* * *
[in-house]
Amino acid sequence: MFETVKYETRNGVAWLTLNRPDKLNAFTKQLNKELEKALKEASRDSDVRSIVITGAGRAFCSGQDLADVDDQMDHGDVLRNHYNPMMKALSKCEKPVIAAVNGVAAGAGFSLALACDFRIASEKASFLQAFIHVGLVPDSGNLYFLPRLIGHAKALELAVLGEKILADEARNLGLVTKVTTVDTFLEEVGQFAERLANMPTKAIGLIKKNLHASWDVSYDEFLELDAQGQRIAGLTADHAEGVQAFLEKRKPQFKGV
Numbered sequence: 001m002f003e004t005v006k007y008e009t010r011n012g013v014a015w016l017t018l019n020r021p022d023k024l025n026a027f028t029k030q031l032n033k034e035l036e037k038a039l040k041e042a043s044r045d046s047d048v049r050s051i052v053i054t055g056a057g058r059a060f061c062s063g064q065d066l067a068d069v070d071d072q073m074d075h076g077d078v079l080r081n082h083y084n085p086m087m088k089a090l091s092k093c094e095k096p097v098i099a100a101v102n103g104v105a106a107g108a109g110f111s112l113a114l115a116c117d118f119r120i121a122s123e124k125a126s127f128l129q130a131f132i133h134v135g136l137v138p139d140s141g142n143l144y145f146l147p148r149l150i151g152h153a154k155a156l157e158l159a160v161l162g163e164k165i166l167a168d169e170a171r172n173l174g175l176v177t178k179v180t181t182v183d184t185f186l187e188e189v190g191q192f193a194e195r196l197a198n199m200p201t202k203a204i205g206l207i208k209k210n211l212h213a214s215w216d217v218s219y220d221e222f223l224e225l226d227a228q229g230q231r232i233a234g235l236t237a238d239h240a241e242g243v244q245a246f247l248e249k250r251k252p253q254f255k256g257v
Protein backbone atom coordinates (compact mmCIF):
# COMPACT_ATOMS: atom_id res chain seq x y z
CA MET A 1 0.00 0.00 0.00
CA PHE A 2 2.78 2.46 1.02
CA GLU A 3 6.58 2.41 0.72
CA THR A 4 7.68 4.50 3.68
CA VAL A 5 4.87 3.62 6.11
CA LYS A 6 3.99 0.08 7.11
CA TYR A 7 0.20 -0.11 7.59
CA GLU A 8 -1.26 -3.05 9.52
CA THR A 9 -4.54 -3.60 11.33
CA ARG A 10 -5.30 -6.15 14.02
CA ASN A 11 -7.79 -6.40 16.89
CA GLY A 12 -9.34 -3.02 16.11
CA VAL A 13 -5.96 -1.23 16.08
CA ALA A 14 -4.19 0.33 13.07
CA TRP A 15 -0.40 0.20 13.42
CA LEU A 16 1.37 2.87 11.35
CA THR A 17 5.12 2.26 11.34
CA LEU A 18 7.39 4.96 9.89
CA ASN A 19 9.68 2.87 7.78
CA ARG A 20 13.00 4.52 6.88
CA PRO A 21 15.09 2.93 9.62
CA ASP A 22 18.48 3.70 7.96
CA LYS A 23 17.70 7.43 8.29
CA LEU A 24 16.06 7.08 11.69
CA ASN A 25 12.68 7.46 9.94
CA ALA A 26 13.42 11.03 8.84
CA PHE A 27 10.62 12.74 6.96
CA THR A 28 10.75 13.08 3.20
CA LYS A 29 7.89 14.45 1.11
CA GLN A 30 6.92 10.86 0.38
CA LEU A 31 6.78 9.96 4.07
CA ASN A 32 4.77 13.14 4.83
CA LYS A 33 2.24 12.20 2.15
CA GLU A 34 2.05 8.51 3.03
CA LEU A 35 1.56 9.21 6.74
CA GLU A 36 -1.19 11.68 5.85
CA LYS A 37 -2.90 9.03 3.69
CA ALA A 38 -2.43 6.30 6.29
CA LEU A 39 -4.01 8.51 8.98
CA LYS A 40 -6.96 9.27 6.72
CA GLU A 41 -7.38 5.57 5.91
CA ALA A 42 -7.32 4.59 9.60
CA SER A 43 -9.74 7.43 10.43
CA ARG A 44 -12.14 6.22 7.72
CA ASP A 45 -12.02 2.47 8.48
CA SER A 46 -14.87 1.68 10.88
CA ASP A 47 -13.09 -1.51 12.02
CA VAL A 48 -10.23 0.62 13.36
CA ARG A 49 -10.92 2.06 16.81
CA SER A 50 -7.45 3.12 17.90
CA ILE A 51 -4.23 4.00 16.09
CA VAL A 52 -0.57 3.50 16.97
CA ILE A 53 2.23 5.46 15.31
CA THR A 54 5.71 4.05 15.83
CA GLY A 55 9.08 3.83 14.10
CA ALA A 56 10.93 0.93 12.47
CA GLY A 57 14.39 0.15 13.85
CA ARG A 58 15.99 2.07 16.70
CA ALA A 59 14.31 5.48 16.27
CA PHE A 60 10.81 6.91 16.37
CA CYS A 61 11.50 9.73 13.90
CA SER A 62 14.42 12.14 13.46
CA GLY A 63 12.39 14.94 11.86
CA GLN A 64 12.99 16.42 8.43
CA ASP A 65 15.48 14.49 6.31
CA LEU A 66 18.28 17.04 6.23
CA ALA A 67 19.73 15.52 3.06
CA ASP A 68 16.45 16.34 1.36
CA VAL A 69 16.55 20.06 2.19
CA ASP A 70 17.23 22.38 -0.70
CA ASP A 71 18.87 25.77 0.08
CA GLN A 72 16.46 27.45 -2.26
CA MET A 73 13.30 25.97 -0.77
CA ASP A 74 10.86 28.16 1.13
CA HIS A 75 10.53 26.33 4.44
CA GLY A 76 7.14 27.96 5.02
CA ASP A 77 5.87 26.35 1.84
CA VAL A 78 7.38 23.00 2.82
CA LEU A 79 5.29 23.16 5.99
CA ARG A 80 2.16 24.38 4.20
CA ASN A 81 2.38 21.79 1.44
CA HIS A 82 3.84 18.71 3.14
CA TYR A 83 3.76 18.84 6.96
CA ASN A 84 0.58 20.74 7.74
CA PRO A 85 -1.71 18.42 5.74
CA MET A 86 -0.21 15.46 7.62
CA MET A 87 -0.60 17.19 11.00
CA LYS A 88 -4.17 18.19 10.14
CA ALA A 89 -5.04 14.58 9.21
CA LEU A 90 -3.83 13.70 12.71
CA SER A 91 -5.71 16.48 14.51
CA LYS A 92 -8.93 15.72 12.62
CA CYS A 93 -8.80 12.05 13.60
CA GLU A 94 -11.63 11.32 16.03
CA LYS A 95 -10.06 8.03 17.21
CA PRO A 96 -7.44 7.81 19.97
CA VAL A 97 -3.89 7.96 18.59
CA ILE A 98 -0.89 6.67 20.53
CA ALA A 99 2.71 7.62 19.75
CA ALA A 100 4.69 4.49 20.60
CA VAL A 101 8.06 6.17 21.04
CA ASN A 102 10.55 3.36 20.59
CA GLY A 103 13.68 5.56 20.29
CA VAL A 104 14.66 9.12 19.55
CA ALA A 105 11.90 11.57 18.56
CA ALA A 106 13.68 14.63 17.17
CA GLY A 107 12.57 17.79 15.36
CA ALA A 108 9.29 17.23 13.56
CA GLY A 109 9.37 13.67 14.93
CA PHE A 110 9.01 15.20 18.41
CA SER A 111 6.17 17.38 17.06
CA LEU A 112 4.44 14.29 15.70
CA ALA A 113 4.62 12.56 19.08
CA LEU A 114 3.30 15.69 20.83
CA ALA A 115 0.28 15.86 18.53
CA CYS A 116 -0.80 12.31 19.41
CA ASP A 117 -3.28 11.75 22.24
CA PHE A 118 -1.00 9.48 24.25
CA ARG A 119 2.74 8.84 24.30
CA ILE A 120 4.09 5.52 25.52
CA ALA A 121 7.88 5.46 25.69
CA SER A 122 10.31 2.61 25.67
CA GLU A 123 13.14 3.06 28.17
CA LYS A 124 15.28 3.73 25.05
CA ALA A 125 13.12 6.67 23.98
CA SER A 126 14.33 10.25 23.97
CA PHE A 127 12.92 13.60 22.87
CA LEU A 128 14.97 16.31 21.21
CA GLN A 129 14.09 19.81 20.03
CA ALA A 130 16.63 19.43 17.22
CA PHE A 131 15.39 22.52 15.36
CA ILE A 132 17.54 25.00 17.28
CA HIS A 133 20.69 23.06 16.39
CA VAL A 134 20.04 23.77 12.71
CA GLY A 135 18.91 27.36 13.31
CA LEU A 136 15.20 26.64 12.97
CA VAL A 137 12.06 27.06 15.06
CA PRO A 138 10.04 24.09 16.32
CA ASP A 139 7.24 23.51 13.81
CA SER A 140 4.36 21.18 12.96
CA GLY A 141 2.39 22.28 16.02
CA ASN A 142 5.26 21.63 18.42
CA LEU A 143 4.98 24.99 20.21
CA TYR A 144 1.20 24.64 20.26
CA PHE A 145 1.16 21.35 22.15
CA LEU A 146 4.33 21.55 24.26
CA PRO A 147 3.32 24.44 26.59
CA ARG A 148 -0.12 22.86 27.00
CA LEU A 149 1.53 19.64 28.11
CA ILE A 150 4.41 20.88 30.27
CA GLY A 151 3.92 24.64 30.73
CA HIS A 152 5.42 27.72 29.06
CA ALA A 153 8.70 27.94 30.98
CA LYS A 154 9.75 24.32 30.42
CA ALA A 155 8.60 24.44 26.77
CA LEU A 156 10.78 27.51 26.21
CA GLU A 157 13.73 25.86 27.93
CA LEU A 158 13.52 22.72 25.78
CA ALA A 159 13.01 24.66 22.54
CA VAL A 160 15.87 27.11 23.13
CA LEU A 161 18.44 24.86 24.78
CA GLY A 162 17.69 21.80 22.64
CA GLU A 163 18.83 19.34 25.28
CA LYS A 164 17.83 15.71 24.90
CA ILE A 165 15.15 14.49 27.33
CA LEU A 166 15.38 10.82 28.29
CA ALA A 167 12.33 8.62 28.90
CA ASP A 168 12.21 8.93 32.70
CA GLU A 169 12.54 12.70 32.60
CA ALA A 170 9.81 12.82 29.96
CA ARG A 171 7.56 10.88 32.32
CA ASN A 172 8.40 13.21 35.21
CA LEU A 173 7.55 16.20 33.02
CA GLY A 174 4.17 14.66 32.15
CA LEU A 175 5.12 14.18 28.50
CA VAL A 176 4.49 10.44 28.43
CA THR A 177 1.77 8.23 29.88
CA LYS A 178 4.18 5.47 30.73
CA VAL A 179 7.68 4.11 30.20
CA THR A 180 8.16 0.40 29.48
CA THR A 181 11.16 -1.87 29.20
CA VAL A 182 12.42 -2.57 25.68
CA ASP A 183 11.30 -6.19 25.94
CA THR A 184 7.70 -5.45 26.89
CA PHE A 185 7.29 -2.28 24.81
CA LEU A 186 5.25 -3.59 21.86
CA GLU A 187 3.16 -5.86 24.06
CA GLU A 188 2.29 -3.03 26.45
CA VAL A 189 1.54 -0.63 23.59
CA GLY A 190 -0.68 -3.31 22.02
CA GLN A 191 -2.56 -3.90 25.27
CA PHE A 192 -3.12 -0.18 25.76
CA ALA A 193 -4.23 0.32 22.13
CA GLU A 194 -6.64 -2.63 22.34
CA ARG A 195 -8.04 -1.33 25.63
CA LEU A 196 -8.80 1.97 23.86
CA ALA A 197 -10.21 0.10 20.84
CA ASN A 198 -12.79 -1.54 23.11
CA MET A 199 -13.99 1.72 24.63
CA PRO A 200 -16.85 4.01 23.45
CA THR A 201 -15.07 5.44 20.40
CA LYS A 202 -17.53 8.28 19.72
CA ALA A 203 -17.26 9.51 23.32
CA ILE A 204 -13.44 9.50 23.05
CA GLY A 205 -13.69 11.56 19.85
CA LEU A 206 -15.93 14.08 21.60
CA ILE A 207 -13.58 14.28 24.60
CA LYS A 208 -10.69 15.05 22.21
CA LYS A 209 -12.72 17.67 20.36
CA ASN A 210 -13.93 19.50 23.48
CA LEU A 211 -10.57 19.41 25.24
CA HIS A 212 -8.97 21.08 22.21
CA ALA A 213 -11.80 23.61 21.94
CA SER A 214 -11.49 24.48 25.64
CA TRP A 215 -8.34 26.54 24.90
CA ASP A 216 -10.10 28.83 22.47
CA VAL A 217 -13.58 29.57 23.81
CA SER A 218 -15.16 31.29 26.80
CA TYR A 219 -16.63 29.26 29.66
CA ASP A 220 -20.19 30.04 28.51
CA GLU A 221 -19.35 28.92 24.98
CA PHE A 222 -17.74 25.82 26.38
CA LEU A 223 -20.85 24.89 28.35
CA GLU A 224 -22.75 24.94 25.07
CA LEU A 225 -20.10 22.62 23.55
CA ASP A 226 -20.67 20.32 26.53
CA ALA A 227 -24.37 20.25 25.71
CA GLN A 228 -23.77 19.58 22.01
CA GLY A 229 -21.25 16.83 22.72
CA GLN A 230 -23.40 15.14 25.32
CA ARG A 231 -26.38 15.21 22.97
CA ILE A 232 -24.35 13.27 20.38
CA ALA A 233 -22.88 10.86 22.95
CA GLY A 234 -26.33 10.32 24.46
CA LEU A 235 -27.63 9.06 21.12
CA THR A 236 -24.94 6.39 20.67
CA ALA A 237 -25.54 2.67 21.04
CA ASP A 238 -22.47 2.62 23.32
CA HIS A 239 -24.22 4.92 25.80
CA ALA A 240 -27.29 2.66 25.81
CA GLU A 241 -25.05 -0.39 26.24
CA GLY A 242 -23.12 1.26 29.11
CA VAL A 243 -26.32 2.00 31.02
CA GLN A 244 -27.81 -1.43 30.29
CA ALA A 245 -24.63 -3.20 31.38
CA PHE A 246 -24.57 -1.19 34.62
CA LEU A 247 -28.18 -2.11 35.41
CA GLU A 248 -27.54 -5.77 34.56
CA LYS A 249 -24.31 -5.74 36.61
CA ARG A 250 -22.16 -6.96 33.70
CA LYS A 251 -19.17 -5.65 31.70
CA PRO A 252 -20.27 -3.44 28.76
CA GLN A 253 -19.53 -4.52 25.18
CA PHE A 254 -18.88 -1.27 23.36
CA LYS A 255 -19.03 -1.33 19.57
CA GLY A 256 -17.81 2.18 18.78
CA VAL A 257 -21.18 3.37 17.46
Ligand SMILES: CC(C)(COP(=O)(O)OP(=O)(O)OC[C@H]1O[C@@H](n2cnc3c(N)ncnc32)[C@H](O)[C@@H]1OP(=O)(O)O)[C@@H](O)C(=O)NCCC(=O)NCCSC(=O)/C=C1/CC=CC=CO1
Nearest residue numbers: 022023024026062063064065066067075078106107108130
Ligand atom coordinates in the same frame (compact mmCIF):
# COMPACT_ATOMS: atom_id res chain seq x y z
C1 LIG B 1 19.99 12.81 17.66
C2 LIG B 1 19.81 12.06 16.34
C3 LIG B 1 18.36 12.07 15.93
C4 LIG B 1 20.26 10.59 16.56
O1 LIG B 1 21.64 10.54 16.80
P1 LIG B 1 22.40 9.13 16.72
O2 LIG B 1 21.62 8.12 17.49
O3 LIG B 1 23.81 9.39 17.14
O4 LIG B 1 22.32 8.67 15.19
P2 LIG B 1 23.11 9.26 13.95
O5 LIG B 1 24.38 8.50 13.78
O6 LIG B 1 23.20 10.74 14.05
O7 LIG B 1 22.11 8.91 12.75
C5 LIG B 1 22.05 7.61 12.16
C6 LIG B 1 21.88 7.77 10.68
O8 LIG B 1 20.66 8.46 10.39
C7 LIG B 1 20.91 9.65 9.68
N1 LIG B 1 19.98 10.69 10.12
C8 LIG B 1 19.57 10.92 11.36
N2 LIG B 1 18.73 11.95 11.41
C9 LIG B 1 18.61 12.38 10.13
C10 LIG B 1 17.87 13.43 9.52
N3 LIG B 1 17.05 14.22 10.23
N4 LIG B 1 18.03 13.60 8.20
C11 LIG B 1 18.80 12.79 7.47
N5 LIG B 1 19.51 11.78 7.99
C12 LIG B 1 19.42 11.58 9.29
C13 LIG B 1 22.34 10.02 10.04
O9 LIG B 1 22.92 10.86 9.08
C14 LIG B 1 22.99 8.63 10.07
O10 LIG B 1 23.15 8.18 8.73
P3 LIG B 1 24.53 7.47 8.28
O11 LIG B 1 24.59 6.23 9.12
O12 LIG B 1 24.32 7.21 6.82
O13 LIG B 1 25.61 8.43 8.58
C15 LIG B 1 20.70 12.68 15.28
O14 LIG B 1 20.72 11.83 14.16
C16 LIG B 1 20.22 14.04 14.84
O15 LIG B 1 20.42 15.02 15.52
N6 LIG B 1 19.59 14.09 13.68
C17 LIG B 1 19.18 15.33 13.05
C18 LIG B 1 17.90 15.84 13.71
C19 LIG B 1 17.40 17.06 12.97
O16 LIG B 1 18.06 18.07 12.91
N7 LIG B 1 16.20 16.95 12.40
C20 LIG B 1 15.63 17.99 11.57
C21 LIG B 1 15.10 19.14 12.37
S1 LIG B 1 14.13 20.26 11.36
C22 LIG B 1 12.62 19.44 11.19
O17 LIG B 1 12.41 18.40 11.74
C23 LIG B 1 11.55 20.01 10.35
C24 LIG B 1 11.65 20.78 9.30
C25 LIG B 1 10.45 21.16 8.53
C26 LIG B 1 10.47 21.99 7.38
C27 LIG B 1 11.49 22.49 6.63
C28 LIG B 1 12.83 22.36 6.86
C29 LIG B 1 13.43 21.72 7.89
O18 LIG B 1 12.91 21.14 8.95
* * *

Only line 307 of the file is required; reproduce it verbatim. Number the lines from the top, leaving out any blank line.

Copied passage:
C17 LIG B 1 19.18 15.33 13.05